Synth Site: Alesis: QSR: User reviews Add review
Average rating: 3.8 out of 5
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Greg B a hobbyist user from Melbourne Australia writes:
The QSR is a fantastic bit of gear. Great sounds and lots of them, excellent effects, and almost too many parameters to play with. The setup of the QSR is good once you get familiar with it, although you really need to use a good editor librarian. The CD which comes with the QSR does have a certain amount of trial software - either time limited or save disabled or something similar. However, the Unisyn Editor Librarian is fully functional (but only with the QSR) and is excellent, particularly using the serial link. There are also a bunch of additional instruments on the CD in sysex and Unisyn format. Sensational. Drums are first class with enormous potential for setting up your kits the way you like them. The QSR also boasts two sets of stereo outs and everything can be assigned to one or the other, great if you have outboard effects. This is a significant feature and was one of the reasons I chose the QSR. The manual is adequate, but doesn't give you enough. I haven't found any further info on, for example, creating sounds. The presets and additional sounds on the QSR could easily be all you ever need, and more. But part of the fun with this stuff is tinkering, and a few more leads on the sound programming would have been welcome. The QSR is a great addition to my modest home setup of a D5, U220, Midiverb 3 and Mackie 1202. The only problem is that I have spent the last couple of months playing around with it instead of writing songs. The QSR gets 5 out of 5 from me. No problem.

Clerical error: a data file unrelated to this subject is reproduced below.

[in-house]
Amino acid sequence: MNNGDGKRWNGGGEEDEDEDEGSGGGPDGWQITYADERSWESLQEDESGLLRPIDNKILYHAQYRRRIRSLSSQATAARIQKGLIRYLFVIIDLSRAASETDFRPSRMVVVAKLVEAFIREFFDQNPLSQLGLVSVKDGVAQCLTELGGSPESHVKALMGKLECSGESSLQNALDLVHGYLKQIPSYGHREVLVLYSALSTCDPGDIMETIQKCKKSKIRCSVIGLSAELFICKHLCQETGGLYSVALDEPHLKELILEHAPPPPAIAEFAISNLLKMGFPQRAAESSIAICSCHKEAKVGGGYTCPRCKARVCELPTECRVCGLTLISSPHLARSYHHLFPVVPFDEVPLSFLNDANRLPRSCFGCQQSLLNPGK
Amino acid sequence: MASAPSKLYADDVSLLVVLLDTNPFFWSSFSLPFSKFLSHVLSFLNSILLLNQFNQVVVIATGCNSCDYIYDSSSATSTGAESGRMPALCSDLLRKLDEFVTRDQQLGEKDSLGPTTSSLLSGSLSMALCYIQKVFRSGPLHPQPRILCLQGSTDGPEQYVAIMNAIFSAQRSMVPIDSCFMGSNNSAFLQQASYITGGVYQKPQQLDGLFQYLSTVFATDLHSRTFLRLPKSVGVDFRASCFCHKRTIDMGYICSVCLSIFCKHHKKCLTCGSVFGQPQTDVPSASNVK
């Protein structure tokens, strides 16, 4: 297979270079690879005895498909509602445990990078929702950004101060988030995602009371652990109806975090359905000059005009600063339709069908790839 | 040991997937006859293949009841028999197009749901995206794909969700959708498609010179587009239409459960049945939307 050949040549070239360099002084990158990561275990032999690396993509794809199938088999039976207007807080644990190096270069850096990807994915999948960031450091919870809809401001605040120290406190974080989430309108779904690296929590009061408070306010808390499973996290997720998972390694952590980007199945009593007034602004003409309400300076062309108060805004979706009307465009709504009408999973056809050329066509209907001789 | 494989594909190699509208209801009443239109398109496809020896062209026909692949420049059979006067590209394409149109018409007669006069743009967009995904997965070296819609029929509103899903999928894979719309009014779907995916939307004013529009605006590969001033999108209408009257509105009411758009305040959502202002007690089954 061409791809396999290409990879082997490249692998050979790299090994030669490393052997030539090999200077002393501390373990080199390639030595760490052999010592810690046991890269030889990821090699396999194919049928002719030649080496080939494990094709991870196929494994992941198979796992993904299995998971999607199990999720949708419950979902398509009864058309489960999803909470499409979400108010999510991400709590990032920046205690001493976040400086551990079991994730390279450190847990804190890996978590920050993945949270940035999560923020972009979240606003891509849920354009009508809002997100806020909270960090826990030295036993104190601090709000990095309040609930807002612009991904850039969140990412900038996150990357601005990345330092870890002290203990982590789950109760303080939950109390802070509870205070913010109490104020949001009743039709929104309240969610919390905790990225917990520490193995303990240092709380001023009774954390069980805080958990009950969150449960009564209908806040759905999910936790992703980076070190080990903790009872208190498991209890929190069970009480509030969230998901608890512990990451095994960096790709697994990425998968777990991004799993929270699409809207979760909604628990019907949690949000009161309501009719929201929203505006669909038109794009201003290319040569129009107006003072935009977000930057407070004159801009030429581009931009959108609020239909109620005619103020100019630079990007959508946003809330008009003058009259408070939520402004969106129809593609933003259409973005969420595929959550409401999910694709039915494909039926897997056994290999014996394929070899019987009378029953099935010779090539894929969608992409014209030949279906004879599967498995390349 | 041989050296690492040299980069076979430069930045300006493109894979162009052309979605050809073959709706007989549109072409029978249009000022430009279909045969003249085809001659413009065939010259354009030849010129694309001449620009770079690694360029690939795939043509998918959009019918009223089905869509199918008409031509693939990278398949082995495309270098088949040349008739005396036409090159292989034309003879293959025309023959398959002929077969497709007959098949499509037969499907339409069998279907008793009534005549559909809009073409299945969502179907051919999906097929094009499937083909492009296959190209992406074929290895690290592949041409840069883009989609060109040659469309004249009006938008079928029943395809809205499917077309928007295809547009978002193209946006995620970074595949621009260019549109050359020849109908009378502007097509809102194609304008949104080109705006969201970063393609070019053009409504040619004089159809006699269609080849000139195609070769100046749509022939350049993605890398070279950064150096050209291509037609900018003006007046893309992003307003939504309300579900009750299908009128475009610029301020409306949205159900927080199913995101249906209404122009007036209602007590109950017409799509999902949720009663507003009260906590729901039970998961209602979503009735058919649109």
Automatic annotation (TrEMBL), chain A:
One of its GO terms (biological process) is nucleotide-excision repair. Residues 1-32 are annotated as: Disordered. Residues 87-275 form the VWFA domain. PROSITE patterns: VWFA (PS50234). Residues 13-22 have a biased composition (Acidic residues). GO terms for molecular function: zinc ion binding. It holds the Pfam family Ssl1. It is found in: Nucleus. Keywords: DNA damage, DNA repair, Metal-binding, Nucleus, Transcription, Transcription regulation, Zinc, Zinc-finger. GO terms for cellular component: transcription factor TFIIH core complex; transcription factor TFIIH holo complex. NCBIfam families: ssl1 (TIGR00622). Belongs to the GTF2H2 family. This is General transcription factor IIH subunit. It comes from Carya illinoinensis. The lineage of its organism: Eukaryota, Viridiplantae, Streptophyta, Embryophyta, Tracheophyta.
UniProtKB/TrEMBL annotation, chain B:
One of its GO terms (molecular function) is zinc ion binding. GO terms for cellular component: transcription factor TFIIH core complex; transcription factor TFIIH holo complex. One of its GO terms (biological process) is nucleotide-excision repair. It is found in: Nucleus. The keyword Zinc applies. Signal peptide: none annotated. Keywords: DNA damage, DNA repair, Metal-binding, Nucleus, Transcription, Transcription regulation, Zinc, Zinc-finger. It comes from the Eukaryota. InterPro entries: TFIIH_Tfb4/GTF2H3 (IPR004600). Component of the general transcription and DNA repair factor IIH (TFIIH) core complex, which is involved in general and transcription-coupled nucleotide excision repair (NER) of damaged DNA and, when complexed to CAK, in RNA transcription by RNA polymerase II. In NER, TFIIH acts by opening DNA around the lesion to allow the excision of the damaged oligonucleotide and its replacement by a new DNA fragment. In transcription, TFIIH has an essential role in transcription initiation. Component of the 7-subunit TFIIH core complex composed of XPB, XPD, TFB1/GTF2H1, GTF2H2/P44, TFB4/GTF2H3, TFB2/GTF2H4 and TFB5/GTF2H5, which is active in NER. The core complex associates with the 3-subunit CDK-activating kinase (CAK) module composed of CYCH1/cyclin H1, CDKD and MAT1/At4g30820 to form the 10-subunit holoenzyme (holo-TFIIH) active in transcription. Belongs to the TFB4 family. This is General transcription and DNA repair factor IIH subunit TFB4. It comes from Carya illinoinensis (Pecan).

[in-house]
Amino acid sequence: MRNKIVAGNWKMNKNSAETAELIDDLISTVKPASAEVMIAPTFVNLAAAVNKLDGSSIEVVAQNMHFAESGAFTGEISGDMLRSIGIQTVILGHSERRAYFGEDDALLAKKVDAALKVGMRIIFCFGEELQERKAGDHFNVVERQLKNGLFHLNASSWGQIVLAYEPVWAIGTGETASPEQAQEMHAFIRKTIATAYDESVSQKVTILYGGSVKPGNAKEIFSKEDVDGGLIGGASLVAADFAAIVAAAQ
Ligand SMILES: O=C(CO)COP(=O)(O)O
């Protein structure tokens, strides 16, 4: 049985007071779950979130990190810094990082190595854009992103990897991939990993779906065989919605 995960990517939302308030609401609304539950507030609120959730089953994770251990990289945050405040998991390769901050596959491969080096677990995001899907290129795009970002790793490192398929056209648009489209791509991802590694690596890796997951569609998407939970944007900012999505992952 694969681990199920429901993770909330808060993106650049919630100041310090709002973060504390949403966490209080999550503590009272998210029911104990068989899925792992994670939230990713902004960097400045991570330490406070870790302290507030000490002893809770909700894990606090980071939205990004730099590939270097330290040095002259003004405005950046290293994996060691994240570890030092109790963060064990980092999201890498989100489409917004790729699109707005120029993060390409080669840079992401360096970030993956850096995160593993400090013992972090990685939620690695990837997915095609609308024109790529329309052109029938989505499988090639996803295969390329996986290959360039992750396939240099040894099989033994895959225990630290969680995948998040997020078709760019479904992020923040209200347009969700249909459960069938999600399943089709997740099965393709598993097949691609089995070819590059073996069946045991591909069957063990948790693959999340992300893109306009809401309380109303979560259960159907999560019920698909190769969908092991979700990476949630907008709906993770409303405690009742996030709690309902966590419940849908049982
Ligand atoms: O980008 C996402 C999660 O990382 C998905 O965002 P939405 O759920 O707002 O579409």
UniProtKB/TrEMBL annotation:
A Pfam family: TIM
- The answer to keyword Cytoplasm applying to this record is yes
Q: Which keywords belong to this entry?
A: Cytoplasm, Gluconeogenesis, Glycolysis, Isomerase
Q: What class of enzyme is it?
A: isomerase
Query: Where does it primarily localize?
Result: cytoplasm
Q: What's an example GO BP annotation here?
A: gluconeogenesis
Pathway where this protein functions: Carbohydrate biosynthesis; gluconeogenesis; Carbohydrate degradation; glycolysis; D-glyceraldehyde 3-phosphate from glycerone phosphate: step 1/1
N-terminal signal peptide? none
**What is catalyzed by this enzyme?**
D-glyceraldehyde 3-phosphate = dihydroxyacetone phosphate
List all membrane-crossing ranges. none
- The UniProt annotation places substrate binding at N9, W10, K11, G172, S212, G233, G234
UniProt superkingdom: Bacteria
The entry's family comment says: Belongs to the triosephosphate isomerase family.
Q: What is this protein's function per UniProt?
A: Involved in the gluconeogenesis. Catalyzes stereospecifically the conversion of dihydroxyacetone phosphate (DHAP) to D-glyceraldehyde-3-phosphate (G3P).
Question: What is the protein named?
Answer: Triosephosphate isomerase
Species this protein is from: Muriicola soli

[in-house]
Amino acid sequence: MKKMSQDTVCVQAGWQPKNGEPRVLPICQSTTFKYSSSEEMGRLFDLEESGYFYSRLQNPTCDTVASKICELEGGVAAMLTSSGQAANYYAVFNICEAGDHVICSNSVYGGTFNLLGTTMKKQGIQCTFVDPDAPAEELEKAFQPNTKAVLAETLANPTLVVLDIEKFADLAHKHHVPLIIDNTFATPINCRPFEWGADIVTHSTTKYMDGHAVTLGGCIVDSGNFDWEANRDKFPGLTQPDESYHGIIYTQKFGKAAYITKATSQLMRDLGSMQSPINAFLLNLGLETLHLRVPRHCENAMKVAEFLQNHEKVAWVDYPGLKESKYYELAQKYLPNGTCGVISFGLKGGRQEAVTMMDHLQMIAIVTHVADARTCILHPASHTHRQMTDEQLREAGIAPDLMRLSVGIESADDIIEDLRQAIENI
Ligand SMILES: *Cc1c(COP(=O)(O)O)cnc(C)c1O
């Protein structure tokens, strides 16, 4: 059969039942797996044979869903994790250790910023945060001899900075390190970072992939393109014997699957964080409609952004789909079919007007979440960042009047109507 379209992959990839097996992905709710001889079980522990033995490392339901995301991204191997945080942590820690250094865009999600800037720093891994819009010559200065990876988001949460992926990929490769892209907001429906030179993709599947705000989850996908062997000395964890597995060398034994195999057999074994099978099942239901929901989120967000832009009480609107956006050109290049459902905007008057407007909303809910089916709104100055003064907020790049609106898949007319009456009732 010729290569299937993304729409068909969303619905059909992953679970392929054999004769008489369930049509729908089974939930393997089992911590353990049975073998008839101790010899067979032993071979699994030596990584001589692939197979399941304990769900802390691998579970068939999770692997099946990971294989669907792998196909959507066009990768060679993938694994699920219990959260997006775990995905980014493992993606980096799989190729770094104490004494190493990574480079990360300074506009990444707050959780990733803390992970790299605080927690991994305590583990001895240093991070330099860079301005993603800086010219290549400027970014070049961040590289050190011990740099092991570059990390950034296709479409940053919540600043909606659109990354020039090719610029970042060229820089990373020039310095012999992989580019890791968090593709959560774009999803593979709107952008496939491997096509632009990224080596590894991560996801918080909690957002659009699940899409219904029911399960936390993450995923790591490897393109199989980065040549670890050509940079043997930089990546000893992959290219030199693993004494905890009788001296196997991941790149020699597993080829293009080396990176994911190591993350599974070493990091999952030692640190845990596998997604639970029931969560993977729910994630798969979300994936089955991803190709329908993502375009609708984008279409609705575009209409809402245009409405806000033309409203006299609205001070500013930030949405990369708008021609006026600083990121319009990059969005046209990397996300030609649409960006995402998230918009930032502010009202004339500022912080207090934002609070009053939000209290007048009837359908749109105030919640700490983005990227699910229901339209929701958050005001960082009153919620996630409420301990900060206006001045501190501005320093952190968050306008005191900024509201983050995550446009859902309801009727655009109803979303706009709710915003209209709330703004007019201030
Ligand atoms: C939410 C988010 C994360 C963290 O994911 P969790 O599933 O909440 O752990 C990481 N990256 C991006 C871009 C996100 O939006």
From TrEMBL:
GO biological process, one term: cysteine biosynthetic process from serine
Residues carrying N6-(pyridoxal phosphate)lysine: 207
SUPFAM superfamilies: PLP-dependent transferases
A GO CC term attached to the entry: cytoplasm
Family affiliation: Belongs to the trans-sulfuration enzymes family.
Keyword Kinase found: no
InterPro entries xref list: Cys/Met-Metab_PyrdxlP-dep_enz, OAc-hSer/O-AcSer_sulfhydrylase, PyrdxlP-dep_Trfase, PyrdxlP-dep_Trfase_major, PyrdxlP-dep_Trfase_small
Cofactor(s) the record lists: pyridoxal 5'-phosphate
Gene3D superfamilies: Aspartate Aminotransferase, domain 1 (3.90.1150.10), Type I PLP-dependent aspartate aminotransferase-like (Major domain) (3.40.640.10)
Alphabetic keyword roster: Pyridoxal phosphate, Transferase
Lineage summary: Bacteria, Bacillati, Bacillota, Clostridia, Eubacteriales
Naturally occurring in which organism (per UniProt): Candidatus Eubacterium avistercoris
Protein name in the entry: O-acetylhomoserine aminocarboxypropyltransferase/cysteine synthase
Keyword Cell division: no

Rating: 5 out of 5 posted Wednesday-Aug-05-1998 at 23:35
Jack Scaglious a part time user from usa writes:
As for using it out of the box,is great. But nothing can be easy to program on this. I bought an 8meg blank flash card and a 2meg sram card with it. First, I used the serial cable connection since it was said to be easier than midi. Most programs would not talk to it. So, I hooked it up with a winman 4x4s midi card. The synth would then finally work with my sequencer and the samples would load up on the card using sound bridge. Next, I bought the qe plus program and it continually crashed. I then installed the unisyn editor supplied with it and it only loads one bank on my computer, and will not read card banks. It is a pain in the ass making each program and mix using the keyboard alone. I thought that the features and sampling ability on this board were great for the price, but now I am so frustrated with having to have a monsterous setup before working that I stay away from it. Unless I find a way to work it soon, it is getting replaced by a working sampler. If you don't agree with me, help me out!

Rating: 2 out of 5 posted Wednesday-Aug-05-1998 at 23:35
db a professional user from USA writes: